x Abu Dhabi, UAEFriday 19 January 2018

More than 38 million traffic offences recorded on UAE’s roads in six years

Major Rashid Al Fardan, head of Traffic Survey Section at Sharjah Police Traffic and Patrols Directorate, says the study links aggressive driving as a leading cause of accidents.

Almost 39 million offences were committed on the UAE’s roads in the six years between 2007 and 2012, a new study has revealed.

And Maj Rashid Al Fardan, head of traffic survey at Sharjah Police, said the study showed aggressive behaviour – such as tailgating, speeding and reckless driving – was a leading cause of accidents.

There were 38.6 million offences in the six-year period, during which the rate of accidents increased, with the exception of 2007 to 2008.

The study, compiled by the Sharjah Police traffic directorate, attributed the increase in recorded offences to the growing number of vehicles on the road each year, failure to abide by the traffic rules and greater traffic monitoring.

In Sharjah alone, aggressive driving led to 68.8 per cent of the 5,583 traffic accidents between 2007 and 2012.

The causes included failure to stick to lanes, lack of respect for other road users, tailgating, jumping red lights, entering a road without ensuring it was safe, speeding and recklessness.

The worst daily eight-hour period for accidents in the emirate was between 10pm and 6am, followed 2pm to 10pm.

“Road safety is a very relevant topic here in the UAE and we hear about it every day,” said Thomas Edelmann, founder of the website Road Safety UAE. “Everyone has their own stories from the roads here.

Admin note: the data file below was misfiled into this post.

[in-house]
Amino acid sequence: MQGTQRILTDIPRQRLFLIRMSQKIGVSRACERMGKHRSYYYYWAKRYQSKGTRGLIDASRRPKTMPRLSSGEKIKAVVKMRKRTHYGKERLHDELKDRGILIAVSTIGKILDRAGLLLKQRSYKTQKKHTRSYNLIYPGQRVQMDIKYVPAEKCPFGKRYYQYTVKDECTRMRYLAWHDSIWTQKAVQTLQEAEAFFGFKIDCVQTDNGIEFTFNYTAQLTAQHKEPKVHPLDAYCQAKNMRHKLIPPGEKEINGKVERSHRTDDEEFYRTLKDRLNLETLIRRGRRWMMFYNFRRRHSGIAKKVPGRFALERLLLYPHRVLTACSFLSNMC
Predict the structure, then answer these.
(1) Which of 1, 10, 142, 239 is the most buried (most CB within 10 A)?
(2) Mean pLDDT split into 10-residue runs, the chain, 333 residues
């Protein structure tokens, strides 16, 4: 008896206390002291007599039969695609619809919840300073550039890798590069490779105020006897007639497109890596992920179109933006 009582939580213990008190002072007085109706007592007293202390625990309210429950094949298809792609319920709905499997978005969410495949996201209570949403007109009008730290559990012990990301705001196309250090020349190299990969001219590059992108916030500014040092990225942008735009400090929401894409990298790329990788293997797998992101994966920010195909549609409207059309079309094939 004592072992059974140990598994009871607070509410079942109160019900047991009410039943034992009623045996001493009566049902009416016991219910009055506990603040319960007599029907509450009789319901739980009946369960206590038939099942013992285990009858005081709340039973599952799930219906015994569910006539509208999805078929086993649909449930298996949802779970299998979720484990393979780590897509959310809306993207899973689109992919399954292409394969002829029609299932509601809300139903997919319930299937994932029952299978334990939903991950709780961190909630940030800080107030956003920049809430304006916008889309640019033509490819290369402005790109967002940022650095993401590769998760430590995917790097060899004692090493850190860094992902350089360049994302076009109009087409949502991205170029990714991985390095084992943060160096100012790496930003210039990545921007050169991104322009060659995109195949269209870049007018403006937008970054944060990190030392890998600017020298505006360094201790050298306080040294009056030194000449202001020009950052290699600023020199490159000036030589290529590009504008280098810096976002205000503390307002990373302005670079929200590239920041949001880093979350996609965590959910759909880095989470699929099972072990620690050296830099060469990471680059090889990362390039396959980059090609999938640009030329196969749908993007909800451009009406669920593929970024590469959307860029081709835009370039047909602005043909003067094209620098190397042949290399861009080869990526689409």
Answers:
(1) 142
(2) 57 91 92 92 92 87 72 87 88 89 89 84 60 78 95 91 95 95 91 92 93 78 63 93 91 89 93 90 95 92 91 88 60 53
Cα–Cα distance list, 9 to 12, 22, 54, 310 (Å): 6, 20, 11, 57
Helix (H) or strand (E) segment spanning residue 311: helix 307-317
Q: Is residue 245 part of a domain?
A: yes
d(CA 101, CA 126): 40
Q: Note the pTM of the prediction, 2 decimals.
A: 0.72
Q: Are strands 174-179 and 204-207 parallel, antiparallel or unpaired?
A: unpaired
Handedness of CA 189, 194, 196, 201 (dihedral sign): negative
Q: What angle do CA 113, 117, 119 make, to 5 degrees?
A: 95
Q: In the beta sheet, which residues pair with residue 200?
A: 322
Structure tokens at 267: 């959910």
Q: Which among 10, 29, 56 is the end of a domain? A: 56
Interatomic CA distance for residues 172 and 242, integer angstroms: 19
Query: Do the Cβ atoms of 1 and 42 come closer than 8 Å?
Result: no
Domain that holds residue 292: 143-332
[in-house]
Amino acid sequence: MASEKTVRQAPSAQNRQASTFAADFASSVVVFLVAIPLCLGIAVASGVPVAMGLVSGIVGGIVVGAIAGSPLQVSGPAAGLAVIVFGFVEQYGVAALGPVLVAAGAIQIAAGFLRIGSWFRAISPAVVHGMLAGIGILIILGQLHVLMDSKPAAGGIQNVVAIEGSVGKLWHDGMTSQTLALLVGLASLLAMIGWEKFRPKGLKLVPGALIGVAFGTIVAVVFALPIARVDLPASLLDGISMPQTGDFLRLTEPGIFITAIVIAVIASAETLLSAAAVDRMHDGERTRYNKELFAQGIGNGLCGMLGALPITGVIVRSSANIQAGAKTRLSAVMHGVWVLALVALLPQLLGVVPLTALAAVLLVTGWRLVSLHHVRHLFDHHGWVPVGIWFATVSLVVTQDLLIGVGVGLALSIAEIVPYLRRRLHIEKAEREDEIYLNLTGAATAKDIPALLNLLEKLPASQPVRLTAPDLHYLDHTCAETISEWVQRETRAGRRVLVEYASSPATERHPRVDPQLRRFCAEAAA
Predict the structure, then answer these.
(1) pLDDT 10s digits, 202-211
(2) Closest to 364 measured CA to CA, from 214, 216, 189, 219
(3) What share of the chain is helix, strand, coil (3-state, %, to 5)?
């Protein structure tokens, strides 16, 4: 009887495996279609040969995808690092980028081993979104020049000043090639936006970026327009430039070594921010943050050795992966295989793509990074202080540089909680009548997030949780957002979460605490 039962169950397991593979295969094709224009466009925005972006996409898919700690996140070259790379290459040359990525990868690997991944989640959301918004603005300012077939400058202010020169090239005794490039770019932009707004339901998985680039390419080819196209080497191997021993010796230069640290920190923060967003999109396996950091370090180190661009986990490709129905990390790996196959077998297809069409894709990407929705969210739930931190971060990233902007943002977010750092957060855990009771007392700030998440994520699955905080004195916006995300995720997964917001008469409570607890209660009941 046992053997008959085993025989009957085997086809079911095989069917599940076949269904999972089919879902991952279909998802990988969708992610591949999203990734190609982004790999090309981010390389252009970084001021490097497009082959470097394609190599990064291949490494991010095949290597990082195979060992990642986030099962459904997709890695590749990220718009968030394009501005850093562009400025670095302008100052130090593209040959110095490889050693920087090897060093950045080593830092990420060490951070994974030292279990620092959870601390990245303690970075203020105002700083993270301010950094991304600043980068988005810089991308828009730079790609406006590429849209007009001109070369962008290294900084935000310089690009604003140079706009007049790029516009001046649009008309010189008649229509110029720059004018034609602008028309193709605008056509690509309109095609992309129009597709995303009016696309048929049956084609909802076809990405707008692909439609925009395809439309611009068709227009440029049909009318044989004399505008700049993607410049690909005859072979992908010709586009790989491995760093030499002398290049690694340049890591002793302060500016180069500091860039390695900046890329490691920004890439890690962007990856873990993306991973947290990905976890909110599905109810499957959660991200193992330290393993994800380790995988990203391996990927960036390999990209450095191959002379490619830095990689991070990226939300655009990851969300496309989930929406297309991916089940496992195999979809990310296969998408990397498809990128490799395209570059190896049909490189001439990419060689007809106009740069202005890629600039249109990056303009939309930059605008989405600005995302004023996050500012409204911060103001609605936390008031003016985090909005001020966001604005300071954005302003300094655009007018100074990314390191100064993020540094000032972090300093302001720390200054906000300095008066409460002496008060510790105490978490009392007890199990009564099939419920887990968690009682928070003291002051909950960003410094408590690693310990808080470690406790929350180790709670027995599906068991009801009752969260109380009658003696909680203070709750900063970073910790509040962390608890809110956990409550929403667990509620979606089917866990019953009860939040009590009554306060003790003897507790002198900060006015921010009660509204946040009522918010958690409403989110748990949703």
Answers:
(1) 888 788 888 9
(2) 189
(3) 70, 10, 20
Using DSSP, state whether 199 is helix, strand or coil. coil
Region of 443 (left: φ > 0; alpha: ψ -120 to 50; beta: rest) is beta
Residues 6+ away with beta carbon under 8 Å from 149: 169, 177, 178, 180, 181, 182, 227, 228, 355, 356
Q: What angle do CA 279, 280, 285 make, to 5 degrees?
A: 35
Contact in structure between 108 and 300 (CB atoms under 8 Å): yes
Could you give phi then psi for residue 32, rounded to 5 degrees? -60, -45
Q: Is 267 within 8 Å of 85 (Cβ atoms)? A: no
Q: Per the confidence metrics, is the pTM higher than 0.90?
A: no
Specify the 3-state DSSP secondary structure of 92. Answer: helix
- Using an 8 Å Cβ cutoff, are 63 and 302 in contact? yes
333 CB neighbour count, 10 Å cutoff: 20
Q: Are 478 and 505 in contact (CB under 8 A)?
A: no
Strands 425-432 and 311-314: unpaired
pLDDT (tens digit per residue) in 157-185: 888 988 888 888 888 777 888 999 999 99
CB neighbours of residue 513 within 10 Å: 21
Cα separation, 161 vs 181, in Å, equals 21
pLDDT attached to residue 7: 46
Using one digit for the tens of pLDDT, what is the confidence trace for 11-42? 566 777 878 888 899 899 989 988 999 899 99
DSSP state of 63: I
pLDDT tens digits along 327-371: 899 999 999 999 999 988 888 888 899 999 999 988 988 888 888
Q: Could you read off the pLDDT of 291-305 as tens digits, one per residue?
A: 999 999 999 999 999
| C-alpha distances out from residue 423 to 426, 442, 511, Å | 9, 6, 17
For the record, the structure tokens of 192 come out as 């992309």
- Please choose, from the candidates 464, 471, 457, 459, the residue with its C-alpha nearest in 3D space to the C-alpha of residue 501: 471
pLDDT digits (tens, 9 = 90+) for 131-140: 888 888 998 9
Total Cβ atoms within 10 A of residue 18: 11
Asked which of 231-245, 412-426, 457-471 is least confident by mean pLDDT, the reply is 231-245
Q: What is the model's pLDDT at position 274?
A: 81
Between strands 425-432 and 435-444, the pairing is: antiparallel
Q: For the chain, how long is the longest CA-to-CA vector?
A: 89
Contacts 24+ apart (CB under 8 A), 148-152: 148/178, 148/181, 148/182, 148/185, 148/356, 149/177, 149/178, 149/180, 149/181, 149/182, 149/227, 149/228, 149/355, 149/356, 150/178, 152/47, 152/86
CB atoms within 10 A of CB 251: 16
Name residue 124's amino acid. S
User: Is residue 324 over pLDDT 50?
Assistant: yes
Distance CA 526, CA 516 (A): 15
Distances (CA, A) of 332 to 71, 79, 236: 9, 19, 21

“There is one topic that is at the forefront of improving the situation and that is road etiquette and politeness. We believe that the one basic rule is that you must treat others the way you want to be treated.”

Although there is no clear definition of “aggressive driving”, the study found it can be caused by environmental factors as well as the personal and psychological traits of a driver.

“We must think about driving with each other and not against each other, then a lot of these types of incidents on our roads will disappear,” Mr Edelmann said.

“I am a firm believer in education. We have to start in schools and instil road etiquette and understanding from a young age, so when they become the next generation of drivers they know what should be done.”

A study released last year showed there were 2.3 million offences on Dubai roads in 2012.

That compared with 9.6 million fines handed out for that year in The Netherlands, which has a population more than eight times that of Dubai.

In the UAE, aggressive driving was more common on motorways and roads with no radars, roads with traffic jams and those with fewer speed humps, the study found.

Vicent Mutebi, a resident of Sharjah, said more needed to be done to improve driving standards in the emirate and across the UAE.

“More awareness campaigns are needed to tackle bad driving habits, especially among the youths, and stricter rules like that of permanently confiscating noisy vehicles and many other bad road practices,” Mr Mutebi said.